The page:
July 5th: Inauguration of the Shard

IT WAS on this day in 2012 that the 310 metre tall Shard Tower, located on the South Bank of the Thames, was officially inaugurated as one of Europe’s tallest buildings. It was opened by Prince Andrew and the Qatari Prime Minister, Sheikh Hamad Bin Jassim Bin Jabor Al Thani, whose nation provided most of the funding. As it stands, it is the UK’s tallest building, Europe’s fourth tallest and the world’s 111th.

The launch occurred during a 2012 of UK celebration, which included the London Olympics and the Queen Elizabeth II’s Diamond Jubilee. However, developer/joint owner Irving Sellar’s vision of magnificence along the Thames was at first unappealing to award-winning Italian architect Renzo Piano who didn’t believe big was always better. The doubters were soon won round.

Rumour has it that the architect drew a rough sketch of The Shard on a menu while having dinner with Sellar to discuss the proposal – and Sellar asked him to sign the menu as a contract. Construction began in March 2009 after Southwark Towers, which occupied the space, was demolished and it was completed in 2012 of the same month. Five years later its iconic glass pyramid shape is proving to be an eye-catching tourist attraction and an estimated 1 million people a year visit to stand in London’s highest public gallery and catch panoramic views of the capital.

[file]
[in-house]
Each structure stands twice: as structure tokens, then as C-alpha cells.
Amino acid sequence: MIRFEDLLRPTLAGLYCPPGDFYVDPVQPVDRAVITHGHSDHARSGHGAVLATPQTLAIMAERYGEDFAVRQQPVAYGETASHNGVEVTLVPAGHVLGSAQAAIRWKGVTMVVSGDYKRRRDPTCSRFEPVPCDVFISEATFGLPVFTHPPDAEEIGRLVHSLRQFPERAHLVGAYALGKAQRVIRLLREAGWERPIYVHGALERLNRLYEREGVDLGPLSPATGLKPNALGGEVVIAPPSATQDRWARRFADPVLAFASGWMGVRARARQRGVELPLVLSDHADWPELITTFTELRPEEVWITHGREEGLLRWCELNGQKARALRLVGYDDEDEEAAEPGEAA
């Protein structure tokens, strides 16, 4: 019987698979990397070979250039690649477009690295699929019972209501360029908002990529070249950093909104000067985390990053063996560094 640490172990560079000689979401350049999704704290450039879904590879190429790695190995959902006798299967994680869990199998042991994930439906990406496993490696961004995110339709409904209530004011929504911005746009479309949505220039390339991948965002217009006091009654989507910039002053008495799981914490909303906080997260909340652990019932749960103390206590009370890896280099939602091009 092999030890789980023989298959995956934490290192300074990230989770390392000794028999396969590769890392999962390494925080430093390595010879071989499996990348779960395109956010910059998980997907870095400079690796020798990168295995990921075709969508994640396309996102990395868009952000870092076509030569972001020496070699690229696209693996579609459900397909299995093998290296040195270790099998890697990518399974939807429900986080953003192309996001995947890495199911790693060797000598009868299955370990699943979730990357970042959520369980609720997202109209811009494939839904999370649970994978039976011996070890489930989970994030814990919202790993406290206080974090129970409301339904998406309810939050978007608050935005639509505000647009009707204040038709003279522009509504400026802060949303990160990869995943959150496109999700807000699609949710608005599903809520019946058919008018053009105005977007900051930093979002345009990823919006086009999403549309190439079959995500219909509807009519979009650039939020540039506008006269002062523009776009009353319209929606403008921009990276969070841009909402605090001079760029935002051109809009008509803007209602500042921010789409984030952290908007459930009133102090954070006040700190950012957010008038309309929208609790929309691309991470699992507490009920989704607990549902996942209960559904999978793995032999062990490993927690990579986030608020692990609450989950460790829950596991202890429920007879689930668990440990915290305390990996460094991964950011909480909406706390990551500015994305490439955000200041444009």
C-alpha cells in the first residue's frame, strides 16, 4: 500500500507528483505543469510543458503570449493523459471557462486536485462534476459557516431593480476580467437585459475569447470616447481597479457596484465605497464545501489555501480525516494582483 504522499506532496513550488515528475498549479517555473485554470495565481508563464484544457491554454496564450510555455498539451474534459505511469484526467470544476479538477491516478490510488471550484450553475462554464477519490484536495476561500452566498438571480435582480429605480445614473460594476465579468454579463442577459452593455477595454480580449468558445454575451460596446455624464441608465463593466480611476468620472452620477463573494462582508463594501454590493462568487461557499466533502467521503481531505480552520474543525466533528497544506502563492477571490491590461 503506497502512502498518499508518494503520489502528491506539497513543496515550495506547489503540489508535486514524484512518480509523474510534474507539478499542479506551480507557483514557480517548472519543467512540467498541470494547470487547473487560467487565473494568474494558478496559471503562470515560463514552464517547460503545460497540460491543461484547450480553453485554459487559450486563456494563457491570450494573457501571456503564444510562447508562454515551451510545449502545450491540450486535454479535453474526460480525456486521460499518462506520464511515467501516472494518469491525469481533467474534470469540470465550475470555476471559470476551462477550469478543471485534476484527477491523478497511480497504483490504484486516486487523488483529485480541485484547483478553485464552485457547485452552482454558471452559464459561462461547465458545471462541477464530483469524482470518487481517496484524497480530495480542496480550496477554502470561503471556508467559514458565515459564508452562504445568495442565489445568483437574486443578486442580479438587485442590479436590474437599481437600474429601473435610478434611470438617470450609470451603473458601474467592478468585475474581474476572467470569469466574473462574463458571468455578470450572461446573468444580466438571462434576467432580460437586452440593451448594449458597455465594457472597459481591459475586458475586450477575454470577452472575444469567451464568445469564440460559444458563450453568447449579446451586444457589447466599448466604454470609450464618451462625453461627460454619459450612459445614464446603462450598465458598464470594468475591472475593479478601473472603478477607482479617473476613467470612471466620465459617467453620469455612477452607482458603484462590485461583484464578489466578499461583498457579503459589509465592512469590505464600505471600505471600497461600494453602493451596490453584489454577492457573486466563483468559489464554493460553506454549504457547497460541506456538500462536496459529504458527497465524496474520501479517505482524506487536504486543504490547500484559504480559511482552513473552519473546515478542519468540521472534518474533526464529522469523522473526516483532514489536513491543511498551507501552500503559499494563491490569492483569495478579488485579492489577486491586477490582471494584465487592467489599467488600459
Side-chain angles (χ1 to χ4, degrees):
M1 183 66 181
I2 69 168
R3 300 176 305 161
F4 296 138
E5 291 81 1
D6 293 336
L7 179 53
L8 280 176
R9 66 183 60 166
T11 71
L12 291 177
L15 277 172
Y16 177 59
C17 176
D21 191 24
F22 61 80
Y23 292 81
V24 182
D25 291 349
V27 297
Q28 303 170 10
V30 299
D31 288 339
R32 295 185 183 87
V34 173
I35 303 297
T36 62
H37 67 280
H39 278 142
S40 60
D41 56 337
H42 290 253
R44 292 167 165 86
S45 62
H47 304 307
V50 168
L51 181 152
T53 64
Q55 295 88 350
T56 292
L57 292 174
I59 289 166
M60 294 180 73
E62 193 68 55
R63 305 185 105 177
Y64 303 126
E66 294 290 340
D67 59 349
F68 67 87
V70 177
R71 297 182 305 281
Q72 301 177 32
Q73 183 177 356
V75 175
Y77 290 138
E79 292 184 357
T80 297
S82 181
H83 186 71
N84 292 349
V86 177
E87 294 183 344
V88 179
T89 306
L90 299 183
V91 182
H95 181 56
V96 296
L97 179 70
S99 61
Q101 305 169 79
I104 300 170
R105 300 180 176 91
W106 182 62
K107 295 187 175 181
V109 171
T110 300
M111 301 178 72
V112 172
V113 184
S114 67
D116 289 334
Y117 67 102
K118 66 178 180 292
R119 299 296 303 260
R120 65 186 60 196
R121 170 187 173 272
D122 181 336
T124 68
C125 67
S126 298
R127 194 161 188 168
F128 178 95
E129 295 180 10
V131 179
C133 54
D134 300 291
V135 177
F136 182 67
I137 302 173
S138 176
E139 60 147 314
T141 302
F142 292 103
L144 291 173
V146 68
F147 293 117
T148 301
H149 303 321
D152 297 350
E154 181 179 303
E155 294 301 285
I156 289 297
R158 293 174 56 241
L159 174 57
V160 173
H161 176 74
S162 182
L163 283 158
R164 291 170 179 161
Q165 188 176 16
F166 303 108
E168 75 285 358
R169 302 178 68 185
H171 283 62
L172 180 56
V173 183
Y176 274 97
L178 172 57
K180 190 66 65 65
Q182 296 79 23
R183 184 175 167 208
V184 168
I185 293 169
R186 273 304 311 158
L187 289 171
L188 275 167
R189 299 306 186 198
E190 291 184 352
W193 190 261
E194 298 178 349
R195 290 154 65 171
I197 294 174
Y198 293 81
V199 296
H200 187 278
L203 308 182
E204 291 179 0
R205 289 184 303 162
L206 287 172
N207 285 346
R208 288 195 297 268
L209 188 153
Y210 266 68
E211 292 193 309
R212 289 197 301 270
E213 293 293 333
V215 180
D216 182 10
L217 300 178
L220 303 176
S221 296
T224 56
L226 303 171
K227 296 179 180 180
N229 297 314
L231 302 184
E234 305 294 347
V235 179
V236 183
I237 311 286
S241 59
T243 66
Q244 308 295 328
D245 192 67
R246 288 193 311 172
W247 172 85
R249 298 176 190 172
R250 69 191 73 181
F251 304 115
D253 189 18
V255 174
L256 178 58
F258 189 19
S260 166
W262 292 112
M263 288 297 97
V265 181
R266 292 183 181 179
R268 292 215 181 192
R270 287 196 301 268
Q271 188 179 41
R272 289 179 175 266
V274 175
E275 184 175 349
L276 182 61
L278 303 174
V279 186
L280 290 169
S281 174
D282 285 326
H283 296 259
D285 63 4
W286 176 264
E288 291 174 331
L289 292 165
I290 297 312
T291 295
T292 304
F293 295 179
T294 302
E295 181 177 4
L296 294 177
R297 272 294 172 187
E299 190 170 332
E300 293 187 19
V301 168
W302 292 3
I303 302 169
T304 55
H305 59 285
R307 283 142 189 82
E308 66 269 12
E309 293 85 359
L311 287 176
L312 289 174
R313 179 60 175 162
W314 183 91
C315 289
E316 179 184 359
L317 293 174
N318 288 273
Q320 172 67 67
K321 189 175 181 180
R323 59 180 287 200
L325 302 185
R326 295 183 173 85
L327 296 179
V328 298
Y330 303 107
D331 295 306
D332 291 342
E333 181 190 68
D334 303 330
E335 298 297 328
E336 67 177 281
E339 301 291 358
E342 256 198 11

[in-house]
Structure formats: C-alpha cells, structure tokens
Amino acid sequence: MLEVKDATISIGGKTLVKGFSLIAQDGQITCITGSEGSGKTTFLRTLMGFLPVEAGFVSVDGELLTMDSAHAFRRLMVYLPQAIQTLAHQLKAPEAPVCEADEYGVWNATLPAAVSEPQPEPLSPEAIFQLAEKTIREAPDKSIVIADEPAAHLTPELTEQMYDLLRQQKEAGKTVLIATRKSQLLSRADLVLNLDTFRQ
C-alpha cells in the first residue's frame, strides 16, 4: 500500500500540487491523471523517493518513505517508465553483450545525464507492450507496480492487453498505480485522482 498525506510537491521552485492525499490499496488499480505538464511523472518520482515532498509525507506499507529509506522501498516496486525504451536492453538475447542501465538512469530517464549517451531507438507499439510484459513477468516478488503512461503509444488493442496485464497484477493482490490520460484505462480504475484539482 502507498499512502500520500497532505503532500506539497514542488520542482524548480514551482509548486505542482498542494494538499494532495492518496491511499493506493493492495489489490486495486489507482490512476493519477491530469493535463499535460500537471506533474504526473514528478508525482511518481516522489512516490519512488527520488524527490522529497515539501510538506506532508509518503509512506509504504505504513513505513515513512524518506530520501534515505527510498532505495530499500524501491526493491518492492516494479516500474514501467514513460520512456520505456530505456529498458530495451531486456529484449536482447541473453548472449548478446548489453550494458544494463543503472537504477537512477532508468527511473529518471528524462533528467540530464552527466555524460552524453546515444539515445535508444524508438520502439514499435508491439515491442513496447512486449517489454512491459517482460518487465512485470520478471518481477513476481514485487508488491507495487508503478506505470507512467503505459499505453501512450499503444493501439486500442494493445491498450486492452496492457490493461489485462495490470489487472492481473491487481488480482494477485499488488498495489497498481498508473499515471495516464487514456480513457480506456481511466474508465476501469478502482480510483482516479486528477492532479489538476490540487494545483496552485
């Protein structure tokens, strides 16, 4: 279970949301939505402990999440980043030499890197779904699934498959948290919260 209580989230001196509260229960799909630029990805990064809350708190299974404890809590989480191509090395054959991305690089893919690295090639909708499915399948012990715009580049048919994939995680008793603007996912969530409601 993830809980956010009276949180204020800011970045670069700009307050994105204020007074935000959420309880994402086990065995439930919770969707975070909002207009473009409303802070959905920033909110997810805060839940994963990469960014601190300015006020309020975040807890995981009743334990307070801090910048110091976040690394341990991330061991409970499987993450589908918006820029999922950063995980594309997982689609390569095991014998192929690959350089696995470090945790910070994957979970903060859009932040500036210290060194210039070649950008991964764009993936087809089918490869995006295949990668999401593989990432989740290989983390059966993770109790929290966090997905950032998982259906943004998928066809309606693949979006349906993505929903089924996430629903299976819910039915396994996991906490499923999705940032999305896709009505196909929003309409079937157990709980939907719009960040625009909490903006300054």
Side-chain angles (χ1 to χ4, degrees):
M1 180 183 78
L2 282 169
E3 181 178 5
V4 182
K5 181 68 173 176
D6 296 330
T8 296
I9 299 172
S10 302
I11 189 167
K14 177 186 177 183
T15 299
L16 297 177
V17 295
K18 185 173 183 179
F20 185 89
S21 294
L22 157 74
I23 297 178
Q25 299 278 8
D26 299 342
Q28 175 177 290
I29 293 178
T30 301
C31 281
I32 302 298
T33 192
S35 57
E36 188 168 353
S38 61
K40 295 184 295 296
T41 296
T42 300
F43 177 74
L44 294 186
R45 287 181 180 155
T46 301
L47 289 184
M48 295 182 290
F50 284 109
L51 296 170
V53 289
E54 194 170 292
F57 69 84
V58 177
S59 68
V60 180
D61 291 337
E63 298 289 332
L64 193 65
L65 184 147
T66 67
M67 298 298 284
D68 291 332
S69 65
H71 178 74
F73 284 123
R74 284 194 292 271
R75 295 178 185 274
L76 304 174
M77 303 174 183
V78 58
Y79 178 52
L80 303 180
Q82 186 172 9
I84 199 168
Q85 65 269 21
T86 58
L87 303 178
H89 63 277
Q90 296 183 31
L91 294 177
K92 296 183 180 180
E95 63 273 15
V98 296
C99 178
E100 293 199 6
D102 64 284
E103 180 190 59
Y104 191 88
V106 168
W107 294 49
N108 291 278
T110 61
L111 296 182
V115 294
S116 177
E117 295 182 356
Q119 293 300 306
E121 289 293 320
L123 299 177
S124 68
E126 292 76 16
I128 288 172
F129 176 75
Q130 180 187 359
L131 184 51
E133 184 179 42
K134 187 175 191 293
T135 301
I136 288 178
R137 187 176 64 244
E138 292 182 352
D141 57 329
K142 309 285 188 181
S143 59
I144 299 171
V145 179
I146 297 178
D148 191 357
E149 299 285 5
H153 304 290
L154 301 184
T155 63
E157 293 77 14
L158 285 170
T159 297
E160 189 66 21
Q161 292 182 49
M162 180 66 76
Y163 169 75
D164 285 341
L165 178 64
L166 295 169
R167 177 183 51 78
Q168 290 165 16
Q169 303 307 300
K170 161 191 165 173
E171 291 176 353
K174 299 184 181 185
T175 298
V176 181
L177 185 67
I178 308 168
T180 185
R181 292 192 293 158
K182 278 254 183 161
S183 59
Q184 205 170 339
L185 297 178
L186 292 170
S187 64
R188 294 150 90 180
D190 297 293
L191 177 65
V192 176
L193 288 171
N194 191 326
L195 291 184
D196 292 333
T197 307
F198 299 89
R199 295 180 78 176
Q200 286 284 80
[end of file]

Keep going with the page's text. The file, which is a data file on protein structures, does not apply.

It’s also home to the five-star Shangri-La Hotel and incorporates both commercial and residential occupancy. However, the most exclusive £50 million apartments in ‘Europe’s first vertical city’ remain unsold despite developers claims that it would take only 20 phone calls to shift them. This slow sell hasn’t put off developers Sellar Property Group in partnership with Qatar, as they have already announced plans for a sister tower alongside The Shard, which is currently being designed by the same architect. Although this time it will only be a little sister, 27 stories high.

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Eddie Saint-Jean

Eddie Saint-Jean is an arts reviewer with a background in art theory, film and theatre.

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